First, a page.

BTC price briefly flashed bullish, but derivatives data show bear are in control of January’s $2.3 billion monthly options expiry.
Bitcoin (BTC) bulls are probably quite disappointed with how the start of 2022 has shaped up, especially since the cryptocurrency plunged over 20% in the first 25 days of the year. Even more shocking is the fact that the supposed $32,930 bottom on Jan. 21 was the lowest level BTC price had seen in 6 months, while equity markets as measured by the S&P500 reached an all-time high on Jan. 4.
The sell-off in risk markets accelerated after the U.S. Federal Reserve announced its plan to raise interest rates in the coming months, a measure intended to hold back the escalating inflation. For example, Invesco China Technology ETF (CQQQ) traded below $58 on Jan. 22, which was a 20% drop from its peak on Nov. 12.
Regulatory uncertainties continue to weigh on the sector as United States Congressman Patrick McHenry called the "inconsistent treatment and jurisdictional uncertainty" on crypto as a problem. McHenry essentially suggested that Congress should take crypto regulation away from executive agencies and courts.
Bitcoin price recovered, but bulls are still in troubled waters
Bitcoin bulls have little to celebrate after the 12% partial recovery to $38,100 on Jan. 26. First, BTC price is down 35% over the past two months, and more importantly, if Bitcoin trades below $38,000 by the Jan. 28 monthly options expiry bears are set to profit by $350 million.
At first sight, the $1.52 billion call (buy) options overshadow the $760 million in put options, but the 1.96 call-to-put ratio is deceptive because the recent price drop will likely wipe out most of the bullish bets.
For example, if Bitcoin's price remains below $38,000 at 8:00 am UTC on Jan. 28, only $72 million worth of those call (buy) options will be available at the expiry. There is no value in the right to buy Bitcoin at $38,000 if BTC is trading below that price.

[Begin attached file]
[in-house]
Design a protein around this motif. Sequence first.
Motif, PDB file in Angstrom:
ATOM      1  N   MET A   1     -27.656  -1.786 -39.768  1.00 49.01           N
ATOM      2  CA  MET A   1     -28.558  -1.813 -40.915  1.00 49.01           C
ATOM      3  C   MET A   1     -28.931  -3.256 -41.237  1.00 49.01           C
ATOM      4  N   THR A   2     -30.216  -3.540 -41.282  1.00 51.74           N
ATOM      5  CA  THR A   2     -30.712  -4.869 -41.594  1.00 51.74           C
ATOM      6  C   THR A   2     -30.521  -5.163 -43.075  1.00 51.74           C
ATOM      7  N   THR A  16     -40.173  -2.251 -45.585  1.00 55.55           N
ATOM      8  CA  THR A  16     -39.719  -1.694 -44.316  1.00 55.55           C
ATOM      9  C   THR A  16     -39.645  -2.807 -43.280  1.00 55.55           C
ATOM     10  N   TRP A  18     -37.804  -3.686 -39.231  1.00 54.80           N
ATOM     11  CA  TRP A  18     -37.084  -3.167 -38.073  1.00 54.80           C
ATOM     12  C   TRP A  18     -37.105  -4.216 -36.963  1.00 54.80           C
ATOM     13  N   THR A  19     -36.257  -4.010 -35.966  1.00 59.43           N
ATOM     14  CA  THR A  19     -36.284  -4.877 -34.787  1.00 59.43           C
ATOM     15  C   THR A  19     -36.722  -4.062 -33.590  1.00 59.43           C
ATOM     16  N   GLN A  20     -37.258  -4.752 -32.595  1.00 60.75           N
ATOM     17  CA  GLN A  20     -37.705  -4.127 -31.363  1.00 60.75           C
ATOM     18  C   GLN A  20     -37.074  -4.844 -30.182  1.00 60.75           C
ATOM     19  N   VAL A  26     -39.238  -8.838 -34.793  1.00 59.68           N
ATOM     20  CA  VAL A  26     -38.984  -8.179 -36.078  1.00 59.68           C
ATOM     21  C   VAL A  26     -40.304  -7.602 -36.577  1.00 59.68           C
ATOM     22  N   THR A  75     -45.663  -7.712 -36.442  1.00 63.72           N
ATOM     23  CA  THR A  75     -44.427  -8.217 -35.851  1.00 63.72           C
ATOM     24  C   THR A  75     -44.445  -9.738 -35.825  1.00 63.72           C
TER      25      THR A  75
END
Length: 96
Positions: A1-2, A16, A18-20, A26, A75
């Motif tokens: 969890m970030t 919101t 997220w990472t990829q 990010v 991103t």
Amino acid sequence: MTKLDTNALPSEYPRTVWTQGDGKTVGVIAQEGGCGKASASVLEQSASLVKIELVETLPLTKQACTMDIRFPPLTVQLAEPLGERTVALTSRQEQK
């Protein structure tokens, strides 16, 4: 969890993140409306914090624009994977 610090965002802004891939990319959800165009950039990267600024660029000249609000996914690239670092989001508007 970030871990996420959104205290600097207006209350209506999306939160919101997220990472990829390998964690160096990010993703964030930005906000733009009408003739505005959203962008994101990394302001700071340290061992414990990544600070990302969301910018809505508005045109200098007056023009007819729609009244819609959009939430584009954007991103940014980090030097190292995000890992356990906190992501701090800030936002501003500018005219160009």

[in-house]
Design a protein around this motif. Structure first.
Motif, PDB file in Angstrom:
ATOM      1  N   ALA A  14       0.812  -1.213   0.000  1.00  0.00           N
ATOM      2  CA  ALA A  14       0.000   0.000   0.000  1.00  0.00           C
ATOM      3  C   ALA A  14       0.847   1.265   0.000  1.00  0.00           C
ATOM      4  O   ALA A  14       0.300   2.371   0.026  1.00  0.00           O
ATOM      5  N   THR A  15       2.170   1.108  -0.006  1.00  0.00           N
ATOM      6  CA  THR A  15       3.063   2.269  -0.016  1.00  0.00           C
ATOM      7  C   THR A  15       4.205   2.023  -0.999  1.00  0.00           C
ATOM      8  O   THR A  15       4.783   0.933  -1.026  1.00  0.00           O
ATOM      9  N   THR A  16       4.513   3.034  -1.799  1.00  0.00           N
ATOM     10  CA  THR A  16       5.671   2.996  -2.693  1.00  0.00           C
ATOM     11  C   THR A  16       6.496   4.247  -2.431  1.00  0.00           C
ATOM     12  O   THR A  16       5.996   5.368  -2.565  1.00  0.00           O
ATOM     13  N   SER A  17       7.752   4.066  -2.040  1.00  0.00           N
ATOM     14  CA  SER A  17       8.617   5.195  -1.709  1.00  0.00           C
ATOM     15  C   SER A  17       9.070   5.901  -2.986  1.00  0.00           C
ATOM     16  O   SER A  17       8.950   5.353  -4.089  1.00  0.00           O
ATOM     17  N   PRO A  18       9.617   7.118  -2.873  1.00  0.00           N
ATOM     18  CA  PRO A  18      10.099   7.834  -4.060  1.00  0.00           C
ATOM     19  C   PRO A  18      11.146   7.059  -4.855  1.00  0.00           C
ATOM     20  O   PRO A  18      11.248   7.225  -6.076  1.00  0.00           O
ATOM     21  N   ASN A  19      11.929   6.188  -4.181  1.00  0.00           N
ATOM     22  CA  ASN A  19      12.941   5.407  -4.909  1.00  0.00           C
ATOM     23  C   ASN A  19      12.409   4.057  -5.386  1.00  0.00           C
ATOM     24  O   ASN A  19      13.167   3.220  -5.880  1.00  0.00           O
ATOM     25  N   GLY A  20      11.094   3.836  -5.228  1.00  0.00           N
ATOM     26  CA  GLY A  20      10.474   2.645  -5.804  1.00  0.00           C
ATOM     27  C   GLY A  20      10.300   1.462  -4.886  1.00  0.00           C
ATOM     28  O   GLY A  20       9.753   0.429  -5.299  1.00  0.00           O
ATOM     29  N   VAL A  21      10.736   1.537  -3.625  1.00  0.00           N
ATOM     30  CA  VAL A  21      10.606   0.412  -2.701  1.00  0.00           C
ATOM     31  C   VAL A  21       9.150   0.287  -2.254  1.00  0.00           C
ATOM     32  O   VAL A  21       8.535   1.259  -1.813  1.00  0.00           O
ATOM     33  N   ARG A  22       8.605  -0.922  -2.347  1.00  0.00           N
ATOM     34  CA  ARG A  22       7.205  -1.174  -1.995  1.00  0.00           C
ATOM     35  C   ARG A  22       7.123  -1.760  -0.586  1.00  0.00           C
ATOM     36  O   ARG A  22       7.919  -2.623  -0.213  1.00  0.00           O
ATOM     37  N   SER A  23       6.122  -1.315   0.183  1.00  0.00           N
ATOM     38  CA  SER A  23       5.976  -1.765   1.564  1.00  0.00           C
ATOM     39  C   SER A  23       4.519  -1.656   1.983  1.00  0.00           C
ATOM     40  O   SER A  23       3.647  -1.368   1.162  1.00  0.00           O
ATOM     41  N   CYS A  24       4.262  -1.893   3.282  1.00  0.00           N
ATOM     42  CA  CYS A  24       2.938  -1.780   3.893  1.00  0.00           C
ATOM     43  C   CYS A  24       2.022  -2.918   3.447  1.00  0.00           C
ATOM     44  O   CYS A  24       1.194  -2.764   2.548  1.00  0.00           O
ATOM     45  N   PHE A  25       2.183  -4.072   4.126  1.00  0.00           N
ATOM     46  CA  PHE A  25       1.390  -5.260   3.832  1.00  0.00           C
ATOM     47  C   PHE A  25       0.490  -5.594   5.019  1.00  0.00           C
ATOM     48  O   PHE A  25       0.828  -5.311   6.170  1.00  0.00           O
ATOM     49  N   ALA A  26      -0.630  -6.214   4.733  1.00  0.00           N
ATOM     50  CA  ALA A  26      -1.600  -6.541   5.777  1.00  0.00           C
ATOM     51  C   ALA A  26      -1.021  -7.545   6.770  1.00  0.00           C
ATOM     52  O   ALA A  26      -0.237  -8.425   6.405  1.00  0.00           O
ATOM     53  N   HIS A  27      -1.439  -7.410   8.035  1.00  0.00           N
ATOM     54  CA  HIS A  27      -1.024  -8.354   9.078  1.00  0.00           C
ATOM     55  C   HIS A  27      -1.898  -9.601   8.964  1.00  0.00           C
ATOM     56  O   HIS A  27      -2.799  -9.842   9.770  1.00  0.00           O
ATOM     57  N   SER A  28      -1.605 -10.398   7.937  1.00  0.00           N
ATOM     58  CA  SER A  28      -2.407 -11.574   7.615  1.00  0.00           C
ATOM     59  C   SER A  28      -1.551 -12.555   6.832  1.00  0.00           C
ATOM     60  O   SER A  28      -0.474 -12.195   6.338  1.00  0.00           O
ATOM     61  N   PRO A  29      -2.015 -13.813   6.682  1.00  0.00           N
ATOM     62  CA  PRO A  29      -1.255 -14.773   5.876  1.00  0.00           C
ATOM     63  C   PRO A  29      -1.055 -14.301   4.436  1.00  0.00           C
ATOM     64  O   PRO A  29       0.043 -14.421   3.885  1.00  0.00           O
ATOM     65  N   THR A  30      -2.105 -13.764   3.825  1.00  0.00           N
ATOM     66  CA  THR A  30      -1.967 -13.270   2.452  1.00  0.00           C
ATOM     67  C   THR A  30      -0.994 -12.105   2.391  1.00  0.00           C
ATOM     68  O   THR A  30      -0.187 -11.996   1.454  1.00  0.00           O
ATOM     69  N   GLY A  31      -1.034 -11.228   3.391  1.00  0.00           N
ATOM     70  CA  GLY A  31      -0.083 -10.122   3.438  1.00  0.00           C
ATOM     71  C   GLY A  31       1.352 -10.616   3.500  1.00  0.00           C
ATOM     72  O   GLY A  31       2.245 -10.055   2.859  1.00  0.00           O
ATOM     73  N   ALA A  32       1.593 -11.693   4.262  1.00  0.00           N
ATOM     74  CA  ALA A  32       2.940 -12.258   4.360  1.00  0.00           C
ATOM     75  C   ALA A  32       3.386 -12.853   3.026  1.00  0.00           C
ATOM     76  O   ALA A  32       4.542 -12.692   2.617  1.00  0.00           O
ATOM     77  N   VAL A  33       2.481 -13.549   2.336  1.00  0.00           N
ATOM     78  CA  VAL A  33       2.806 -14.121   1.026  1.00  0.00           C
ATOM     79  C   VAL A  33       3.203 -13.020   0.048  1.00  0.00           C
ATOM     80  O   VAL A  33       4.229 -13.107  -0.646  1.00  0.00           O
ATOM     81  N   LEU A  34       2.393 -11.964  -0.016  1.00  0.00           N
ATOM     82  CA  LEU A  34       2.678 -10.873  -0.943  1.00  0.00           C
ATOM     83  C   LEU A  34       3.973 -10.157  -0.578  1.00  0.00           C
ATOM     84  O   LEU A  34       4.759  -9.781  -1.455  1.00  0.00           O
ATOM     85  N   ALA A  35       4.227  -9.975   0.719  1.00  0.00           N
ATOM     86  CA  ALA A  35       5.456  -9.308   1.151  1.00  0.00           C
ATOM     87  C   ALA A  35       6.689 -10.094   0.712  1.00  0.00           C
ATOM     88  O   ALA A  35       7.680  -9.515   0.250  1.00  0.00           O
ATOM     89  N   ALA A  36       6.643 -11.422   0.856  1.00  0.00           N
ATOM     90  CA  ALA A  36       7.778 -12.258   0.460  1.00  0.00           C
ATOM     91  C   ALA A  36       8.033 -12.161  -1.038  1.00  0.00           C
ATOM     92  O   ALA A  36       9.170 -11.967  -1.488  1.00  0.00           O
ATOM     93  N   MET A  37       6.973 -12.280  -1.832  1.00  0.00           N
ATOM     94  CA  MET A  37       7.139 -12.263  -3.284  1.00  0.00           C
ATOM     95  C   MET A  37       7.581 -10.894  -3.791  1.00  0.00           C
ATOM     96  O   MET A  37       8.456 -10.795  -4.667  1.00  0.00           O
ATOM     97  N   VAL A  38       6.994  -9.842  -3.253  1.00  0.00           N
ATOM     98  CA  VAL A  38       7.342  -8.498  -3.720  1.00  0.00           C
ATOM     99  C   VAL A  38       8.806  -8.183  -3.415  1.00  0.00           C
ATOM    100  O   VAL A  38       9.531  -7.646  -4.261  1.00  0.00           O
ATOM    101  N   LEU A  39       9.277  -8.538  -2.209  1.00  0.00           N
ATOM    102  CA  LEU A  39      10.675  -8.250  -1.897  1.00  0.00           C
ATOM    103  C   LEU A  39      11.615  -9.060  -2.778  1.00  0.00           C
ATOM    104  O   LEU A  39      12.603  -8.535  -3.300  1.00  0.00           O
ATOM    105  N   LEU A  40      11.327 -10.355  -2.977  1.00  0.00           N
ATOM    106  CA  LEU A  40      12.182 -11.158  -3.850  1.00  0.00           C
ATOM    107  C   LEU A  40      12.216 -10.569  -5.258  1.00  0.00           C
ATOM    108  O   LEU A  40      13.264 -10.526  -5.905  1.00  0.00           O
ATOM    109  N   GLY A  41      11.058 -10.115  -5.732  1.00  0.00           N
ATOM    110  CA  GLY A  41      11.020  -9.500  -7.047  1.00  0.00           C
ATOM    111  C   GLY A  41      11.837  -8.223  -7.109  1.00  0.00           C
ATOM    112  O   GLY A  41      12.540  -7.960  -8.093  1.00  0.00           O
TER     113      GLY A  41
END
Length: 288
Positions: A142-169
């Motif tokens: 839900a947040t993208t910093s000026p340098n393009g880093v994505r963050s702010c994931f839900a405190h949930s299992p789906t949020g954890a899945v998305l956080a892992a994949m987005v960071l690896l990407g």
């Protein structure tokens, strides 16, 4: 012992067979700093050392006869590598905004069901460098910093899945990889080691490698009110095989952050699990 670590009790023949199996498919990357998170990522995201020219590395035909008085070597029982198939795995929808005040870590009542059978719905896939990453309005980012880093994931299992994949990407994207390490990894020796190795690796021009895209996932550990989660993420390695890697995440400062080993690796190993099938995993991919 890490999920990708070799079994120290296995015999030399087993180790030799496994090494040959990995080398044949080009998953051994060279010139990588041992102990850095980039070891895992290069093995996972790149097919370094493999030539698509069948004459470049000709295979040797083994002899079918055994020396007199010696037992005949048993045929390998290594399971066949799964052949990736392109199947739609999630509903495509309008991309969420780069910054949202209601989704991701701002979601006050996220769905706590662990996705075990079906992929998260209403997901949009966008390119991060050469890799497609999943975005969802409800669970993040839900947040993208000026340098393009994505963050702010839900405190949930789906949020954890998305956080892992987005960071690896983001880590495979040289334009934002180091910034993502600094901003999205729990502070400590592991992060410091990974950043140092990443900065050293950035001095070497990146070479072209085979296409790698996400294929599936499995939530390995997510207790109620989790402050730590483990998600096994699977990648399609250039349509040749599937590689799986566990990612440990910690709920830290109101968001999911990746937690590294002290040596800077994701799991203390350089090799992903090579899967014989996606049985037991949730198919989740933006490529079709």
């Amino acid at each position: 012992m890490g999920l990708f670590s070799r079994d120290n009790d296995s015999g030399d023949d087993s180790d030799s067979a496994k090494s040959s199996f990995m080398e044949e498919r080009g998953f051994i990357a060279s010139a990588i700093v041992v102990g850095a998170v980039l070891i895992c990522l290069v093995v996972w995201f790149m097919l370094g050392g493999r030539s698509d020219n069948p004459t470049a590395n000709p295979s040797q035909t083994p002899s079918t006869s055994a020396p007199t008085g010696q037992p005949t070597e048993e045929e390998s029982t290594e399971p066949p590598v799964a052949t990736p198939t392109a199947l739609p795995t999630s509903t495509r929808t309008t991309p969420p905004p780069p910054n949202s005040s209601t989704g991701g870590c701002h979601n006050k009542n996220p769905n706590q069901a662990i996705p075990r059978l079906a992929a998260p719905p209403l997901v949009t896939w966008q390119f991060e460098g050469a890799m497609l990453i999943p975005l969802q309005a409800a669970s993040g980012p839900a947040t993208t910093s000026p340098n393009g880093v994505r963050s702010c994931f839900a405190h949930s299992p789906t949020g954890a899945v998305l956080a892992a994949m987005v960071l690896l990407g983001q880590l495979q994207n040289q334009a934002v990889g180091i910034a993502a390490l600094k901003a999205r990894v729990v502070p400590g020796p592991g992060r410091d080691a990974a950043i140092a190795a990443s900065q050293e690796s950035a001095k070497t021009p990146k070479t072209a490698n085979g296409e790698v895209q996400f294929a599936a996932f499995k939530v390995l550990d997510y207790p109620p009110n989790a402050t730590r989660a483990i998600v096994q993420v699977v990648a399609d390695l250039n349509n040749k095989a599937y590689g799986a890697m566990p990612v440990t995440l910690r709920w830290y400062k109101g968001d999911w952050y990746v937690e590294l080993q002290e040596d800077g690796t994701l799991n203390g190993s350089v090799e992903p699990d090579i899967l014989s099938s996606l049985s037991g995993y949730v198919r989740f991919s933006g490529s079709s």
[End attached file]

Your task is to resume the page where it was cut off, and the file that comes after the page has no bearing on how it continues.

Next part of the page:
Bears bag a $315 million profit even with Bitcoin near $39,000
Here are the three most likely scenarios for the $2.3 billion options expiry on Jan. 14. The imbalance favoring each side represents the theoretical profit. In practice, depending on the expiry price, the quantity of call (buy) and put (sell) contracts becoming active varies:
- Between $35,000 and $37,000: 660 calls vs. 13,550 puts. The net result is $450 million favoring the put (bear) options.
- Between $37,000 and $39,000: 1,300 calls vs. 13,100 puts. The net result is $315 million favoring the put (bear) options.
- Between $39,000 and $41,000: 3,710 calls vs. 8,170 puts. The net result favors bears by $180 million.
This crude estimate considers call options being used in bullish bets and put options exclusively in neutral-to-bearish trades. However, this oversimplification disregards more complex investment strategies.
For instance, a trader could have sold a call option, effectively gaining a negative exposure to Bitcoin above a specific price. But unfortunately, there's no easy way to estimate this effect.
$40,000 is still a stretch
It might seem relatively easy to move Bitcoin price up by 3% and bring the expiry price above $39,000 on Friday's expiry. However, considering the negative news flow regarding regulation and monetary policy tightening, bulls will likely have a hard time pulling it off.
Therefore, if the current short-term negative sentiment prevails, bears could easily pressure the price down 3% from the current $38,100 down to $36,900 and secure a $450 million profit.
In short, bears completely dominate Jan. 28 monthly options expiry, giving little hope for a $40,000 price recovery in the short-term.
The views and opinions expressed here are solely those of the author and do not necessarily reflect the views of Cointelegraph. Every investment and trading move involves risk. You should conduct your own research when making a decision.